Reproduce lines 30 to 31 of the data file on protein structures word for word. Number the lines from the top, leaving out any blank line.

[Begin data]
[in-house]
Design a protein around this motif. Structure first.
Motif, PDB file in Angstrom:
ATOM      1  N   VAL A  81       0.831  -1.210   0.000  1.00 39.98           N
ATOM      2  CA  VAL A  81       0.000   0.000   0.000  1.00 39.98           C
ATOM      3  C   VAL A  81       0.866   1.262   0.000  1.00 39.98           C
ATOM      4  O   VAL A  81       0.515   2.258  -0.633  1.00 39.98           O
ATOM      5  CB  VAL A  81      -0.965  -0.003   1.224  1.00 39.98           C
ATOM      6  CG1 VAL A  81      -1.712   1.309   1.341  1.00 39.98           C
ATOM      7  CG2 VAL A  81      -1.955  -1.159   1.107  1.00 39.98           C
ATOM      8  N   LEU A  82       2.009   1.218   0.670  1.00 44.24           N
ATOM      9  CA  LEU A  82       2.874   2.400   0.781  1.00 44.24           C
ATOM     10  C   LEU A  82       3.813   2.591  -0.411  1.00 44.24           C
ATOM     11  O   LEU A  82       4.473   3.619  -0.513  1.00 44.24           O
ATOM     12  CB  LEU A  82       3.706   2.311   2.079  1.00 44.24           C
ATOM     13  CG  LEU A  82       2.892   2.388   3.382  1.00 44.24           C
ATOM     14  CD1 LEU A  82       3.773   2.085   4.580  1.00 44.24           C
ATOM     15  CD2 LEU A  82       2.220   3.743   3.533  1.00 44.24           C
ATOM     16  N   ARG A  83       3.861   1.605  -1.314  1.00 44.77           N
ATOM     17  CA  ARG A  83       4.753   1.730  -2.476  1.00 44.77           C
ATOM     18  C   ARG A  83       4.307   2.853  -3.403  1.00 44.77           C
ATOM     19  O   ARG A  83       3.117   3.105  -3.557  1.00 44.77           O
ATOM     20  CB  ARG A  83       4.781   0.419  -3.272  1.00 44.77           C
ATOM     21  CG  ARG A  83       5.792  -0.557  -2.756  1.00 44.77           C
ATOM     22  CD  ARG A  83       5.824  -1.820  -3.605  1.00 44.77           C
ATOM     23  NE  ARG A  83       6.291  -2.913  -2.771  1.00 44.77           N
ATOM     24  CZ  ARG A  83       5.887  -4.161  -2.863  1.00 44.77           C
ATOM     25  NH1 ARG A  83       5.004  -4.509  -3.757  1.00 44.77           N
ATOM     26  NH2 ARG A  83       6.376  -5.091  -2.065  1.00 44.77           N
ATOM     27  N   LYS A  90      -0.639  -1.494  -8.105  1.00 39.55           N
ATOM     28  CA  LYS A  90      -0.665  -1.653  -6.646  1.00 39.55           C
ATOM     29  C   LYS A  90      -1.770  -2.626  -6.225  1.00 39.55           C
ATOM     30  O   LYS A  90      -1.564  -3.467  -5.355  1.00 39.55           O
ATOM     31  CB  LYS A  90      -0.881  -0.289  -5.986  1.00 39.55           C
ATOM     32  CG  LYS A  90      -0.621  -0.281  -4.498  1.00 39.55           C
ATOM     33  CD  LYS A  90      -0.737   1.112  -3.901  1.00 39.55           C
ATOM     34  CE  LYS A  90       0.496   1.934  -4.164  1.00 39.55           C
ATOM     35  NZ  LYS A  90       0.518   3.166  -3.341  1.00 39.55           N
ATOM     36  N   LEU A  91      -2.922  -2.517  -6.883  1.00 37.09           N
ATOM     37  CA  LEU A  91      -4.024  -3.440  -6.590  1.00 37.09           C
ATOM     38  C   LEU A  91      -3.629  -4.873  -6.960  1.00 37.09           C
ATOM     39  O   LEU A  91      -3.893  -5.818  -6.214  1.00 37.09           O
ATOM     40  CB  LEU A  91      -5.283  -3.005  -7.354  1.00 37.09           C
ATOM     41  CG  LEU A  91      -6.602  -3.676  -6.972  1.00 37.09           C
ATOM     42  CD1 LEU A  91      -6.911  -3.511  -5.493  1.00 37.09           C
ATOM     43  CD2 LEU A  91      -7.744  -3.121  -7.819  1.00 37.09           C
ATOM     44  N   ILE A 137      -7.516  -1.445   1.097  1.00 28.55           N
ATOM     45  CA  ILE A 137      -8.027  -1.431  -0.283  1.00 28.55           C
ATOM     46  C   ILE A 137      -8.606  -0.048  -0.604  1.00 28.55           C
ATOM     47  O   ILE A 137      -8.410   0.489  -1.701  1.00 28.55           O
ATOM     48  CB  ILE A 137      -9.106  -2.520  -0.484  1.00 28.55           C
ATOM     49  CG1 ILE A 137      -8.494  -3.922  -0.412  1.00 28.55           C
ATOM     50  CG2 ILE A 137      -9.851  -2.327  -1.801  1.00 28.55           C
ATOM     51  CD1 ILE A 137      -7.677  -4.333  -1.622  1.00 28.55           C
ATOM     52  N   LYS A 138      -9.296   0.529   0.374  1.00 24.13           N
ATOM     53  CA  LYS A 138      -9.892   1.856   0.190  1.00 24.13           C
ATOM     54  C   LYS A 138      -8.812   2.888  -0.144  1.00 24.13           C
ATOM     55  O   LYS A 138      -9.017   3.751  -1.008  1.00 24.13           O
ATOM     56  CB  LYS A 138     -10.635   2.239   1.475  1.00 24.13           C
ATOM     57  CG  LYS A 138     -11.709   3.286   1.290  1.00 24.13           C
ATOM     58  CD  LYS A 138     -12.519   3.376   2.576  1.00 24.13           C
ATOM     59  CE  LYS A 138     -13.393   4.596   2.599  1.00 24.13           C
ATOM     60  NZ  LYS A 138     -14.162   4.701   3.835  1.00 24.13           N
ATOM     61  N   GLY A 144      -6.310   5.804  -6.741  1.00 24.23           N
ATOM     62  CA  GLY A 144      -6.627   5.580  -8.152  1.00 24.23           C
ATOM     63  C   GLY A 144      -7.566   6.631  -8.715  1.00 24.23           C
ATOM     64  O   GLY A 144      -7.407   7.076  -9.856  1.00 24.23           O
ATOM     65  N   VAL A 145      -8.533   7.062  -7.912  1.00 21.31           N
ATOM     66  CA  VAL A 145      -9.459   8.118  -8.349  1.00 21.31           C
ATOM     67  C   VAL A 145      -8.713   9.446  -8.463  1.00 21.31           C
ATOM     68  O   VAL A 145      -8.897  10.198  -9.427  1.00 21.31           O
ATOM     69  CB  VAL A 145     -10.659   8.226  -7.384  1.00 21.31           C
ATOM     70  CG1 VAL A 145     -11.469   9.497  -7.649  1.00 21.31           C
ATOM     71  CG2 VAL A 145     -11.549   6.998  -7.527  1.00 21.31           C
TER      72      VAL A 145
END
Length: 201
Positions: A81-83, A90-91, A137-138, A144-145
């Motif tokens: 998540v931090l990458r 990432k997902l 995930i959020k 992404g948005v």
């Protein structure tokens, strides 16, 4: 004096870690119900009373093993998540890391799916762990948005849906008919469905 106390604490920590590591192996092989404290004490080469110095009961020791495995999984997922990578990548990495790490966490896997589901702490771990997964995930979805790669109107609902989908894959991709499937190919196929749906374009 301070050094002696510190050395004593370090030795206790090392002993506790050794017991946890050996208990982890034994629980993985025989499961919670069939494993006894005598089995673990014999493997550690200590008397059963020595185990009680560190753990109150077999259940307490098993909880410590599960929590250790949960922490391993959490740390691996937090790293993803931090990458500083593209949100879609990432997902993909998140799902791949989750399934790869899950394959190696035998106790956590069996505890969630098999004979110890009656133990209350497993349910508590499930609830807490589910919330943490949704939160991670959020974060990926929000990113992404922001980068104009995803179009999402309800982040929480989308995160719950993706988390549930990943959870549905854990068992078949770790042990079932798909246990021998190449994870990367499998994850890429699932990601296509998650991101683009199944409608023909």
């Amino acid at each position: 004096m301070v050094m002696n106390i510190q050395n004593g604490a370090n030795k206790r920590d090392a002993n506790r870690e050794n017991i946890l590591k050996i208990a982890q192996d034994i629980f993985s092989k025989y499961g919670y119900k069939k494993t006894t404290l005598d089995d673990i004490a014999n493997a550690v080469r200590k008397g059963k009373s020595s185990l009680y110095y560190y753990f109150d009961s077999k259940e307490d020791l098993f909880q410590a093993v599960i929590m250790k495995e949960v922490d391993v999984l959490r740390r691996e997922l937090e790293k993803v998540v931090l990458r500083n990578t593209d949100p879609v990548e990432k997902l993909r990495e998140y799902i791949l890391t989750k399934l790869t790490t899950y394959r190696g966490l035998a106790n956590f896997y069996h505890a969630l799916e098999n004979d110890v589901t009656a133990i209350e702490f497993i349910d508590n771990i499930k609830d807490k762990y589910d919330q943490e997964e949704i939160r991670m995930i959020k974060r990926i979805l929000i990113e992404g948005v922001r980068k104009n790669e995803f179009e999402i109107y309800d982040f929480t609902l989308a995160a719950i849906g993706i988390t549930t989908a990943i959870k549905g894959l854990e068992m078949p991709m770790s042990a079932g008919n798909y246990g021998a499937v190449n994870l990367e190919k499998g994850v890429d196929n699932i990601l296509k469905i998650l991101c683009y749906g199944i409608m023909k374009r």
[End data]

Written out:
ATOM     27  N   LYS A  90      -0.639  -1.494  -8.105  1.00 39.55           N
ATOM     28  CA  LYS A  90      -0.665  -1.653  -6.646  1.00 39.55           C